Top US Democrat: South Koreans are 'confused' and 'shaken' over US-North Korea tensions

Jack ReedAlex Wong/Getty ImagesSen. Jack Reed of Rhode Island, ranking member of Senate Armed Services Committee, during a news conference on the Korean Peninsula at the Capitol in Washington, D.C.

Sen. Jack Reed of Rhode Island suggested that South Koreans are “confused” and “shaken” because of the possibility of becoming embroiled in conflict should a military operation kick off, severalnewsoutlets reported this week.

Reed was referencing the fiery rhetoric between US President Donald Trump and North Korea over that country’s missile program.

The top Democrat on the Senate Armed Services Committee recently returned from South Korea and its demilitarized zone where he conferred with South Korean leaders.

“I think they are confused and I think they are a little bit shaken because they understand that they would be in the line of fire if there’s any contact between the United States and North Korea in terms of a kinetic military operation,” Reed said in a press conference, referring to a military strike.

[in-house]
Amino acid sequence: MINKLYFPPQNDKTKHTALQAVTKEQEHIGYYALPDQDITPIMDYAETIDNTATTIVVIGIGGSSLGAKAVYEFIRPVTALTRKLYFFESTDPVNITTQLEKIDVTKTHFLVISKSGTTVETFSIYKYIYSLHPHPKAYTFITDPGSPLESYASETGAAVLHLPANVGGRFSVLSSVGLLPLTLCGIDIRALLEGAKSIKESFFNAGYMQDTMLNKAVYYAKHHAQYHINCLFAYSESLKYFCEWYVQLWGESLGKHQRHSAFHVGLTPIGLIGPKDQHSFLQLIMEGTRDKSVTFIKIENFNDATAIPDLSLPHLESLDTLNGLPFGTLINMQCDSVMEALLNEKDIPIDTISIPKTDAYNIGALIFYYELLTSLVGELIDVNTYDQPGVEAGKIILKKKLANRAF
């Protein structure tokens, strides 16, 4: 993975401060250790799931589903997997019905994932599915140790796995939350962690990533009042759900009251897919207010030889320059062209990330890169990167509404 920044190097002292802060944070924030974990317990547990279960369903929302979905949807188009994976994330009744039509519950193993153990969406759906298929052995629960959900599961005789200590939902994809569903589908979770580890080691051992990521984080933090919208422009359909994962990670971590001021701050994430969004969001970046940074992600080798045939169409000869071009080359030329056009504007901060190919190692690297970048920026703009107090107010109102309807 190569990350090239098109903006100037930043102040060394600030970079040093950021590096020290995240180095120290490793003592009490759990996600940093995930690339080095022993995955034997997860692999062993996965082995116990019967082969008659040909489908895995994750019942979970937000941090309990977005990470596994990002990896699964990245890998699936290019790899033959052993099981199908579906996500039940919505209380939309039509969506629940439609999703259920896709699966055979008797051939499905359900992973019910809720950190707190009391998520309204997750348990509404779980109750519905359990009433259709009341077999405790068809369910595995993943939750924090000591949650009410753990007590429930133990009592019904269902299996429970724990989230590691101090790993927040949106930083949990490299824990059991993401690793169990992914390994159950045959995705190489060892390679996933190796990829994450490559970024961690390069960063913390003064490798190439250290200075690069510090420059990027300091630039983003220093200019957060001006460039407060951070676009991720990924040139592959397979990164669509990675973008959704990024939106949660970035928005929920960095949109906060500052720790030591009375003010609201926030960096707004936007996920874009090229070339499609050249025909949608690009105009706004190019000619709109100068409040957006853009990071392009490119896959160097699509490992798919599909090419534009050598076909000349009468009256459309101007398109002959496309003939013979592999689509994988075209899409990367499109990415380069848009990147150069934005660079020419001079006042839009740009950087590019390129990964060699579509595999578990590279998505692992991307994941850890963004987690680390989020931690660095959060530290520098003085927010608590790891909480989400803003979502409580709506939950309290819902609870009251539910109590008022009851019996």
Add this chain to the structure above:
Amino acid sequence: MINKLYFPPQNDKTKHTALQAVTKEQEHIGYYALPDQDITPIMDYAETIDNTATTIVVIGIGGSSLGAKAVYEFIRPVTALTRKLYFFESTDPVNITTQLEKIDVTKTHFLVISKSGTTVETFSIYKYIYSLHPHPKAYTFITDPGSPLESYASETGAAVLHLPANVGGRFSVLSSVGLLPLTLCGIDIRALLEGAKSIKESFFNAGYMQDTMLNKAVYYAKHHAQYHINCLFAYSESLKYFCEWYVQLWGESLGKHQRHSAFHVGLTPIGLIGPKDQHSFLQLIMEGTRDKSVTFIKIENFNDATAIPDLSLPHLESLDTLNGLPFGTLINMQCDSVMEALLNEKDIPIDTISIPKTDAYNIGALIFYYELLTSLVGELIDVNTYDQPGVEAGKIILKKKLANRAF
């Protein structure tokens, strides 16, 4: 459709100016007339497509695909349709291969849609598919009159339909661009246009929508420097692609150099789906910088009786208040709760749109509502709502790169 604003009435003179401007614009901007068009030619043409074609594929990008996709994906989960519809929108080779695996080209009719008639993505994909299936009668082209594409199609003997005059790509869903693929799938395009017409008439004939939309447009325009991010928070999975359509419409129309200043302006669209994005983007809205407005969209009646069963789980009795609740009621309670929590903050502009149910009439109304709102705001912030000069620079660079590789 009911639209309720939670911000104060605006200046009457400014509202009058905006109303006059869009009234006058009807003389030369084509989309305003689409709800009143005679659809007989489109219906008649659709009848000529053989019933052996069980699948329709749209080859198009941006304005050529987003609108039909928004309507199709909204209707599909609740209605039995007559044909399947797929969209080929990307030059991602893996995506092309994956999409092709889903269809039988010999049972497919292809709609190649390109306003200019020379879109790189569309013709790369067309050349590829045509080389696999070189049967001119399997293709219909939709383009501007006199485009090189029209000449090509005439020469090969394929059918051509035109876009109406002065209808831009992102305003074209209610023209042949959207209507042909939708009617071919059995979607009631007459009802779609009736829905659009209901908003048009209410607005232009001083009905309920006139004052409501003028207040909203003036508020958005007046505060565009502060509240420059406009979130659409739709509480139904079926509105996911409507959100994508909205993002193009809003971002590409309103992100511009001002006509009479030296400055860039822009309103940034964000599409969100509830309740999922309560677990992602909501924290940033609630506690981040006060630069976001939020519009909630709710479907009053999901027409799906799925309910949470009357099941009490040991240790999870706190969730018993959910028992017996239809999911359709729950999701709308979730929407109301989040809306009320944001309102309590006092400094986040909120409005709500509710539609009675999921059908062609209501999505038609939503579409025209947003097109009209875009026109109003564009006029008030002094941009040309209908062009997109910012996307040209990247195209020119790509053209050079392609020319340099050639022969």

Reed cited Trump’s increasingly heated remarks toward North Korea, and the alleged divide between him and the Secretary of State Rex Tillerson on matters of diplomacy in the region.

“On one hand they hear Secretary [of State Rex] Tillerson being reprimanded for suggesting that he is trying to set up lines of communication,” Reed said. “On the other hand, Trump casually says that he might talk to [North Korean leader] Kim Jong Un.”

Trump is scheduled to visit South Korea next month, where he will meet with South Korean President Moon Jae-In and call for “maximizing pressure on North Korea.”

Despite Reed’s statements on South Korean sentiments, for years, many of the country’s citizens have lived with the threat of war and have not adopted the alarmist views of Western nations. A Gallup Korea survey in September, conducted after North Korea had its sixth and largest nuclear test, showed that 58% of South Koreans felt that a war with North Korea wasn’t a possibility.

“The survey results show South Koreans have likely grown accustomed to its repeated threats of provocation after over 60 years in a ceasefire state,” Gallup Korea said of the mood in South Korea about its northern neighbour.

Business Insider Emails & Alerts

Site highlights each day to your inbox.

Follow Business Insider Australia on Facebook, Twitter, LinkedIn, and Instagram.